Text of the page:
You can observe a trend in two different groups of data, but when you combine both those groups of data - the trend disappears

It’s a statistical phenomenon called - Simpson’s Paradox

It’s a paradox because the eventual statistical result goes against your intuition

Think about it this way :

If you and your friend Penny decide to solve a bunch of math puzzles, once on Friday night, and another time on Saturday night - although, why in the world you would choose to solve math puzzles on a Friday night is beyond me

That Bourbon isn’t gonna drink itself !

Fine, let’s just proceed with this example

On Friday, you solved 15/20 puzzles correctly, and she solved 4/5 correctly. You got 75% correct and she got 80% correct

On Saturday, you solved 2/5 puzzles correctly, and she solved 12/20 correctly. You got 40% correct and she got 60% correct

She obviously outscored you on both days and is better than you at math. But - why don’t we combine both days and see what happens ?

Penny : (4/5) + (12/20) = 16/25 = 64%

You : (15/20) + (2/5) = 17/25 = **68%**

And now, you actually have a better average overall, when compared to Penny

Sometimes, in statistics, when you combine two groups of data, the trend you observe in each separate group disappears, which is why we call this a mathematical paradox

**Why does this happen ?**

This happens because of unequal sample sizes. So, your final result (68% for you versus 64% for Penny) is predominantly driven by the day, whenever either of you solved 20 puzzles, as opposed to five puzzles

When you and Penny solved 20 questions, you actually solved more of them correctly - you solved 15/20 correct, as opposed to Penny who only solved 12/20 correct. So, this in large part drove your aggregated statistic of - combined average (using both days)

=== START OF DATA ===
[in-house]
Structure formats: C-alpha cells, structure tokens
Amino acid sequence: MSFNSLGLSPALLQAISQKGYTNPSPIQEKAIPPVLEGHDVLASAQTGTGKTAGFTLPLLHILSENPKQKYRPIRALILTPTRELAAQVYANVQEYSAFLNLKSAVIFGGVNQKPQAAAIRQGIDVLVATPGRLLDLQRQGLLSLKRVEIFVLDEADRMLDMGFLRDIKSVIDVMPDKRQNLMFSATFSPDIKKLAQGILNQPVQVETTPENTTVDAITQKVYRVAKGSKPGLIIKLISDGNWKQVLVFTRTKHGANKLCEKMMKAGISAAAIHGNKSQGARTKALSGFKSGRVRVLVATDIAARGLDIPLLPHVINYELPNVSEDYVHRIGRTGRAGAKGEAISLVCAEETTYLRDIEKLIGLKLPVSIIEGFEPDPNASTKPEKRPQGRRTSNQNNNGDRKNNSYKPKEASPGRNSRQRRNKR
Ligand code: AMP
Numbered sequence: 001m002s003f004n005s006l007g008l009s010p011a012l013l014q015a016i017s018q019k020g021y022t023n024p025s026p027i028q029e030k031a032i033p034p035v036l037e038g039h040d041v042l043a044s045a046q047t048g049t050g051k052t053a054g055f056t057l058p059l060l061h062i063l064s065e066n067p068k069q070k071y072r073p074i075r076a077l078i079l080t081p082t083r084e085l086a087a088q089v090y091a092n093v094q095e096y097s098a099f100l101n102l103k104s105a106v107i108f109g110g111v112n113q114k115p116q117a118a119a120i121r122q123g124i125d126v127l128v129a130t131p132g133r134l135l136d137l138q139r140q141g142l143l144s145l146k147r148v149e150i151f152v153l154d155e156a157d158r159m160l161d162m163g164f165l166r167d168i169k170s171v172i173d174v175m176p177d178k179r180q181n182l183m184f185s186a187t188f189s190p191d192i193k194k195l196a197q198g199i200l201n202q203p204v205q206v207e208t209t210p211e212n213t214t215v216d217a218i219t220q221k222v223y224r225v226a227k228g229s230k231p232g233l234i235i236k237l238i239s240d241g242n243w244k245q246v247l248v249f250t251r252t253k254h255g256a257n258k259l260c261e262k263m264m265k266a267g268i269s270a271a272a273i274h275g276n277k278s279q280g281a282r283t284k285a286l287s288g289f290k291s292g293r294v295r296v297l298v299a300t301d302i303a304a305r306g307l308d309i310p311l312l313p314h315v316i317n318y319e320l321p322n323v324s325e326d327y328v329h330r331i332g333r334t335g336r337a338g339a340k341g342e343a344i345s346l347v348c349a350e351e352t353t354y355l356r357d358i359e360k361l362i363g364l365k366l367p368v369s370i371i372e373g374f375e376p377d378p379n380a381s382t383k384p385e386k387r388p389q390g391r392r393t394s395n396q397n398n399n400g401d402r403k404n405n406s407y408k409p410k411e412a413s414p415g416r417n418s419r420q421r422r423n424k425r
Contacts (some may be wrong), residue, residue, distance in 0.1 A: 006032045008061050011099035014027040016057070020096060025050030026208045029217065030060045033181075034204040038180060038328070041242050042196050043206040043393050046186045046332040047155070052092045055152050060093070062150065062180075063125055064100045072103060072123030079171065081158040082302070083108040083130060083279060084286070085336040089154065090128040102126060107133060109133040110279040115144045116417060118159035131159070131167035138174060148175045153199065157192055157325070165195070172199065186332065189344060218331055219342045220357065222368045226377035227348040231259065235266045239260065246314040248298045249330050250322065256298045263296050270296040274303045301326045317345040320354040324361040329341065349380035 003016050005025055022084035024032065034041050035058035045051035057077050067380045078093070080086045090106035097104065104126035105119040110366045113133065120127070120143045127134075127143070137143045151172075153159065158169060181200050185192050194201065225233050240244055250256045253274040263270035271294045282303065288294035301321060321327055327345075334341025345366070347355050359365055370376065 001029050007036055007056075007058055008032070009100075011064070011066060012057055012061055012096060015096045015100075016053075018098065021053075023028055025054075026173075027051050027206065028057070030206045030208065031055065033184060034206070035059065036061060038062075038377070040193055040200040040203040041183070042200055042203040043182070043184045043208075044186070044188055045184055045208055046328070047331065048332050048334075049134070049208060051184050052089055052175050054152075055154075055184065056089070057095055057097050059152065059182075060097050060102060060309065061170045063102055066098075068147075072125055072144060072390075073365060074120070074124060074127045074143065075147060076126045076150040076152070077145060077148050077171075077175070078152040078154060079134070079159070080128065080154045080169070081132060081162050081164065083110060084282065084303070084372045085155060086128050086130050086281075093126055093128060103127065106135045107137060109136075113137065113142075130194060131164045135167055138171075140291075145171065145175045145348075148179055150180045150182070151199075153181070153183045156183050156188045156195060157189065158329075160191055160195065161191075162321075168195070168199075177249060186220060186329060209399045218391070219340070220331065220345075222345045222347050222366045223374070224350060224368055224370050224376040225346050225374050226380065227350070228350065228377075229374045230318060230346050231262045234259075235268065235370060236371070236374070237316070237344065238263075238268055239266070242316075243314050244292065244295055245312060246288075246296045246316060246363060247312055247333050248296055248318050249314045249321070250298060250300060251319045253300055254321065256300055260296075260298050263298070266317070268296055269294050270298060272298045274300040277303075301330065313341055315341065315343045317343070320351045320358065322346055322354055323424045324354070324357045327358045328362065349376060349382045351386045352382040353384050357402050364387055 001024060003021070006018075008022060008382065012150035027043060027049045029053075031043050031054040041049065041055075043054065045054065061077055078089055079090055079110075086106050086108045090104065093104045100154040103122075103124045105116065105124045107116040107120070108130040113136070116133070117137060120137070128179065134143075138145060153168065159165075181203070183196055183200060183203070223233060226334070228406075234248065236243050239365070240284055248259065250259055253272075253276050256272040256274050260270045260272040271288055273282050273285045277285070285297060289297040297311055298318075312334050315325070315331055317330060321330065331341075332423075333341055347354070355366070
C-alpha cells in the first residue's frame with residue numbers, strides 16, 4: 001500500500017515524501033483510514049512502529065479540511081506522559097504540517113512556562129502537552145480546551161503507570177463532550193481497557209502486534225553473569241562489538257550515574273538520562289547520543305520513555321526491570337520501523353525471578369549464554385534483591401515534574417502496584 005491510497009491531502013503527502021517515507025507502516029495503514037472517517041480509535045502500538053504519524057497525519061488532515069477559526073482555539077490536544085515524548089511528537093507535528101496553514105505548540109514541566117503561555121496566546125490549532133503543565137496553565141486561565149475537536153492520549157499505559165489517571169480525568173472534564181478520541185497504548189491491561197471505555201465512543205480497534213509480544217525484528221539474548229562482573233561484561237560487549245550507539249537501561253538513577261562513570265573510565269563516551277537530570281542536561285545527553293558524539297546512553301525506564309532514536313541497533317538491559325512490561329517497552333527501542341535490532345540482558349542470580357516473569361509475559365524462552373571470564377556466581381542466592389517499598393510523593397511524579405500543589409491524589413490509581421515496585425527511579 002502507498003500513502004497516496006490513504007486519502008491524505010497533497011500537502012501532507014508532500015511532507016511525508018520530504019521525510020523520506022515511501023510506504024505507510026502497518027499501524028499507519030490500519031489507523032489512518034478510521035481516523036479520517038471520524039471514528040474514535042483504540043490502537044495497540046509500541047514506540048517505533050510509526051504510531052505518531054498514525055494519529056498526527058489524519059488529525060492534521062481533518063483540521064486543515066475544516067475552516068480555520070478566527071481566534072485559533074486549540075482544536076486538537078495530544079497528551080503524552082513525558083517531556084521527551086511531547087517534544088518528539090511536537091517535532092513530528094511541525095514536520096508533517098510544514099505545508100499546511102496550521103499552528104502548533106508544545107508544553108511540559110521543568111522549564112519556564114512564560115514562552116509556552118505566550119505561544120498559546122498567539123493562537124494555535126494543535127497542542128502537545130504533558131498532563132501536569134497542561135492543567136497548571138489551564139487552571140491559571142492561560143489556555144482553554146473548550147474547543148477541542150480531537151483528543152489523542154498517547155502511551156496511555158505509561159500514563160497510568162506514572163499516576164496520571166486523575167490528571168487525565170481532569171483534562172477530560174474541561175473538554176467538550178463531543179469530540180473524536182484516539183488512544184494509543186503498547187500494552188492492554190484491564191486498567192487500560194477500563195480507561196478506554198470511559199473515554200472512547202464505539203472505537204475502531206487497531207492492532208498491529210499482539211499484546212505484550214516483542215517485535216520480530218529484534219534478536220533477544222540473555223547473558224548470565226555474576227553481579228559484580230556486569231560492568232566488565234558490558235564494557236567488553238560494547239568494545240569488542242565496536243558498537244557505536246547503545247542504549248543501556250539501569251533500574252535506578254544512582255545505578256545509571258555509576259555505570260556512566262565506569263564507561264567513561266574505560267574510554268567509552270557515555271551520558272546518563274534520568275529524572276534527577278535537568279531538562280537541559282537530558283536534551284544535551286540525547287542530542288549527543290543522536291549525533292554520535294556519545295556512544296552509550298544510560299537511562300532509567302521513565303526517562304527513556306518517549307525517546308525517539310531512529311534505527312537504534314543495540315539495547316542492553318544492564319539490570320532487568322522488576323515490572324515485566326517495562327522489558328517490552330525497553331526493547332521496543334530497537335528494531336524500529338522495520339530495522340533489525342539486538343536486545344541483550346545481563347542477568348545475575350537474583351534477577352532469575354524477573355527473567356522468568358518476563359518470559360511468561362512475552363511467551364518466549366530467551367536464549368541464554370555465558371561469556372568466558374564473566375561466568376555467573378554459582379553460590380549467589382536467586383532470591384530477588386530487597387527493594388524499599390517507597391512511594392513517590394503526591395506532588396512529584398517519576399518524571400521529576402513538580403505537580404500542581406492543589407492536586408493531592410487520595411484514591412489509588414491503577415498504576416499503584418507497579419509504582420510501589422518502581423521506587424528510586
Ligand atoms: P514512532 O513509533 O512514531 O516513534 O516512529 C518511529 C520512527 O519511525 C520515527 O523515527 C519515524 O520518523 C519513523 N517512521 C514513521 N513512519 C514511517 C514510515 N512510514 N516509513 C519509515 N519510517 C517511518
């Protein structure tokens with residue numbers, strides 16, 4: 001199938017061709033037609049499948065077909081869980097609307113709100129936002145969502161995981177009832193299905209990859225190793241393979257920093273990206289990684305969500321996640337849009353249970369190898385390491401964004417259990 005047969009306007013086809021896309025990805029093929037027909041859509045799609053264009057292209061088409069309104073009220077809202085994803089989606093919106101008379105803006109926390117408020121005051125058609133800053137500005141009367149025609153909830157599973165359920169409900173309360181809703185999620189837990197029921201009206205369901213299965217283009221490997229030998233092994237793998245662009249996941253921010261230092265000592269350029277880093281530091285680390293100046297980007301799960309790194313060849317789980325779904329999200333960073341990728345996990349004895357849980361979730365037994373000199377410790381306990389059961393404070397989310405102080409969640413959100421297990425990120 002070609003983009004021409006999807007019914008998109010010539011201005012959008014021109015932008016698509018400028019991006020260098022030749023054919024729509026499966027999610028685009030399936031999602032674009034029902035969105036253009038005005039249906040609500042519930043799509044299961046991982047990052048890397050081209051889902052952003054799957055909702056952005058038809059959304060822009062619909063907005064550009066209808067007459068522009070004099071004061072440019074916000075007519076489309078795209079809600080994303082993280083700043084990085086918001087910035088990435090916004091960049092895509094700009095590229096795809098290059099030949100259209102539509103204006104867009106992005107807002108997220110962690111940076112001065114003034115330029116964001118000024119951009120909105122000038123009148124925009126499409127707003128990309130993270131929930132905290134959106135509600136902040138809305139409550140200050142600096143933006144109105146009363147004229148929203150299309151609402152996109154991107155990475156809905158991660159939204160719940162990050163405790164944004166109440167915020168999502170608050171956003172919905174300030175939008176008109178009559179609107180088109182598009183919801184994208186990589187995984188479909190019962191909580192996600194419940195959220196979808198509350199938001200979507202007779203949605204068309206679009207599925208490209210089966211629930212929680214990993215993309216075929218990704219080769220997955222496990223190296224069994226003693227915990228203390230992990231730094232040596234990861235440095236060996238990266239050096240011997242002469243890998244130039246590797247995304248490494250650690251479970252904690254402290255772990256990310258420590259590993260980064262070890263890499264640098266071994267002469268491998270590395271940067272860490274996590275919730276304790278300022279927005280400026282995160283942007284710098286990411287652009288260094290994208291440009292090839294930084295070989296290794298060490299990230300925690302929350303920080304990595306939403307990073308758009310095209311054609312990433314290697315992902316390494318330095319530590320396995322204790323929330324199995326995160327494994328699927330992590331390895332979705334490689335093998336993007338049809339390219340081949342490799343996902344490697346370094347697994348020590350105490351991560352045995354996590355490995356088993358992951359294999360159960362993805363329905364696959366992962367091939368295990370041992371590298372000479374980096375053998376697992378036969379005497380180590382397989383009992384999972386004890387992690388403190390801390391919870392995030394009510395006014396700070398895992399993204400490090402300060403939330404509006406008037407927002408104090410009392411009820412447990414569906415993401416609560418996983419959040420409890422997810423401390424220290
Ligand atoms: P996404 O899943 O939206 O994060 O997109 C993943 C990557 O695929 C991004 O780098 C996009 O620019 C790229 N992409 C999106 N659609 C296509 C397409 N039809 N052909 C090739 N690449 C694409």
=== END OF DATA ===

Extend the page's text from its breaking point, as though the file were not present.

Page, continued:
The day when you solved 75% correct (15/20), Penny outmatched you by solving 80% correct, but she only attempted to solve five questions, and hence, not considering the total number of questions attempted when computing the single day average, misrepresents the problem

It’s the curse of using averages, or rather, simple thoughtless averages to make decisions. We observe Simpson’s paradox in sports, medicine, biostatistics and machine learning applications all the time

**A Real World Example in Baseball **

One of the most famous examples of this - is the batting average comparison between Derek Jeter and David Justice. Between 1995 and 1997, David Justice had better batting averages when compared to Jeter, for all of those years

But, when you combine all the three years, Jeter had a slightly better overall batting average (300 for Jeter versus 298 for Justice)

This is because of the unequal sizes of - at bats. Jeter was at bat 238 more times than Justice, (1284 for Jeter versus 1046 for Justice), and if we don’t account for that, we would end up short changing Jeter

And yes - those Yankees pinstripes are legitimately gorgeous !

awesome example and explanation...yeah sometimes people misinterpret the same paradox as gender disparity in the college admissions . excellent example Deepak. thanks .